Comparative Study of the International Law related to Water Sharing in Trans-boundary Rivers

Document Type : علمی - پژوهشی


1 Ph.D. Student of Water Engineering, Faculty of Civil, Water and Environment Engineering, Shahid Beheshti University, Tehran, Iran

2 Assistant professor, Department of Water Resources, Faculty of Civil, Water and Environment Engineering, Shahid Beheshti University, Tehran, Iran

3 Associate professor, Department of Environmental Law, Faculty of Law, Shahid Beheshti University, Tehran, Iran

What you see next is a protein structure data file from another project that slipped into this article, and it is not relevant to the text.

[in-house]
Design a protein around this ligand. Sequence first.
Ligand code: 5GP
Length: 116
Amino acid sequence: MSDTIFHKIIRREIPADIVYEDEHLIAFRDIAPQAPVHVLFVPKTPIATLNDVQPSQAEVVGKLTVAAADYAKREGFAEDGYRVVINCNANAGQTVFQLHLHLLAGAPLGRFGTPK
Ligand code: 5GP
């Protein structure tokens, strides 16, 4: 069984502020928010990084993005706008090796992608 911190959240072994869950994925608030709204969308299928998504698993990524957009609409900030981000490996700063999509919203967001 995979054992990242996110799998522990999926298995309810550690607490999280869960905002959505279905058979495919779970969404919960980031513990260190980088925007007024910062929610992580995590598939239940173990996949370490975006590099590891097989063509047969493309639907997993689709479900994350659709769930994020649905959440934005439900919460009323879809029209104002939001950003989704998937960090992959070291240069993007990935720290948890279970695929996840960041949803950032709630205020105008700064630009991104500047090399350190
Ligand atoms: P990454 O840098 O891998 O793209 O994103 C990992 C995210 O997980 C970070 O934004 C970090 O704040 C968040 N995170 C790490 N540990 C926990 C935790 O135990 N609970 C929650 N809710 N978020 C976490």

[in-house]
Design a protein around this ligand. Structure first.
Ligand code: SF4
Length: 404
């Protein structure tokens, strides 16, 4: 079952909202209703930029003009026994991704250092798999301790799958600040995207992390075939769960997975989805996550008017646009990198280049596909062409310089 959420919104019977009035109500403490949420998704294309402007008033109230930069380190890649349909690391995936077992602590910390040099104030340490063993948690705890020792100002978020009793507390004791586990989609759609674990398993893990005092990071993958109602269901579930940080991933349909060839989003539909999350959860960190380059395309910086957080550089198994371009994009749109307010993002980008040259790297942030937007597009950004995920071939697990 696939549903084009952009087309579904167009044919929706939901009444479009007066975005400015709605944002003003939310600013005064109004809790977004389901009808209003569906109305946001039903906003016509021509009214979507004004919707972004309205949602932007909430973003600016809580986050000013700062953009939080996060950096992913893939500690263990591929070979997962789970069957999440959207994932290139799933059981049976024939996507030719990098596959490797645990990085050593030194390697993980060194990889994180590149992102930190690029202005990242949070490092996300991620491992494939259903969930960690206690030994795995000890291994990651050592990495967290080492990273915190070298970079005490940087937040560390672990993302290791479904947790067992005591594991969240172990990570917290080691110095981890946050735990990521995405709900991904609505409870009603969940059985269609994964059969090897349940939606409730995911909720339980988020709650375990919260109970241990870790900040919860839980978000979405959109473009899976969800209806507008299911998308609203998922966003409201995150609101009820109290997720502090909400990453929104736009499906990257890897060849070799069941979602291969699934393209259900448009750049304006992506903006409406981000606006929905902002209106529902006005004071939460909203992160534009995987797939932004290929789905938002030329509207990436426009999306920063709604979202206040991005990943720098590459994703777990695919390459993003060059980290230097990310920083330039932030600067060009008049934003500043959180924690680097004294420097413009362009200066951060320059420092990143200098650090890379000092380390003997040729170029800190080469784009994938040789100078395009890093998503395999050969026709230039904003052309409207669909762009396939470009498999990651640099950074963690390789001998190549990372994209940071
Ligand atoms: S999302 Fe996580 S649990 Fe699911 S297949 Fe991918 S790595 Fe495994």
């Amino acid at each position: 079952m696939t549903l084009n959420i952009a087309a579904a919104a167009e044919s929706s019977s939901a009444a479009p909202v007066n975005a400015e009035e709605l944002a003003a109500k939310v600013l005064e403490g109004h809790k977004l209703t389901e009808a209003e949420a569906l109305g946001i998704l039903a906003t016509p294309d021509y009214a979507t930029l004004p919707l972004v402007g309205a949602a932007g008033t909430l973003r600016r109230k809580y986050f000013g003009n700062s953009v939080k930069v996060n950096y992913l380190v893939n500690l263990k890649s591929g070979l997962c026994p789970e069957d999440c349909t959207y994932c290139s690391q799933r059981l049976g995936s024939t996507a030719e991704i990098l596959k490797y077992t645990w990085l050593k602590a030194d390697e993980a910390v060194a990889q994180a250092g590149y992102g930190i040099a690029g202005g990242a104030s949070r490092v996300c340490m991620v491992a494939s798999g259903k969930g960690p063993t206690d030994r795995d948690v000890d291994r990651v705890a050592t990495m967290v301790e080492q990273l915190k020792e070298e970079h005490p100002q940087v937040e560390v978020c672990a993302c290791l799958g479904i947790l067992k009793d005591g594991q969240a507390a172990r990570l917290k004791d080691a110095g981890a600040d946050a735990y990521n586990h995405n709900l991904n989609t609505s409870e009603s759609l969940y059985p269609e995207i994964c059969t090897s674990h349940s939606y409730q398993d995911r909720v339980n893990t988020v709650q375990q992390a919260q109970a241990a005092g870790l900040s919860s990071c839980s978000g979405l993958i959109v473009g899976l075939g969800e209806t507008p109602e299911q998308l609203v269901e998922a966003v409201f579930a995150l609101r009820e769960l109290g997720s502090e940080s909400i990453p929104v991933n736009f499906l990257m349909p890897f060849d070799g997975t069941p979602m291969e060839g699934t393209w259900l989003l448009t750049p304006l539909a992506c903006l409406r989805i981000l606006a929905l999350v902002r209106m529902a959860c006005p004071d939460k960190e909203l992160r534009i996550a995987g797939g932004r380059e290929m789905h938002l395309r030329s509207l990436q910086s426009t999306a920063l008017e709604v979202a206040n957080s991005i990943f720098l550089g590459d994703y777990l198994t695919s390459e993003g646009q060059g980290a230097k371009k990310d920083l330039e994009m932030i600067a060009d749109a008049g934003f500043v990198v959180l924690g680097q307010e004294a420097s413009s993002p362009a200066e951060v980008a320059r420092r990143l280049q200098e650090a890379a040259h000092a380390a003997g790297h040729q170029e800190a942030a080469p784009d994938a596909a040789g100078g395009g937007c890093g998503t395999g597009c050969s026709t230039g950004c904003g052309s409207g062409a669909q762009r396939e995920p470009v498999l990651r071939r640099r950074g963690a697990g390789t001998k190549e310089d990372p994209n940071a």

As water resources become scarcer, trans-boundary water conflicts between countries located in the shared basins are increasing in frequency and intensity. The main challenge in these conflicts, especially in the arid and semi-arid regions of the world, is water sharing. The relevant international law and rules for trans-boundary waters include the Helsinki Rules, the UNECE Water Convention, the UN Watercourse Convention and the Berlin Rules. A brief review of research studies indicates that this set of documents has not been compared comprehensively taking into consideration water use provisions for implementation in the region. In this paper, the historical background, provisions and commentaries of the aforementioned documents as well as their strengths and weakness have been analytically discussed. The comparative study confirms that both important principles of “equitable and reasonable participation” and “obligation not to cause significant harm” have been considered in all of the relevant instruments and the results show that the 1997 UN Watercourse Convention is the most appropriate and equitable alternative for implementation in the region, including in Iran.


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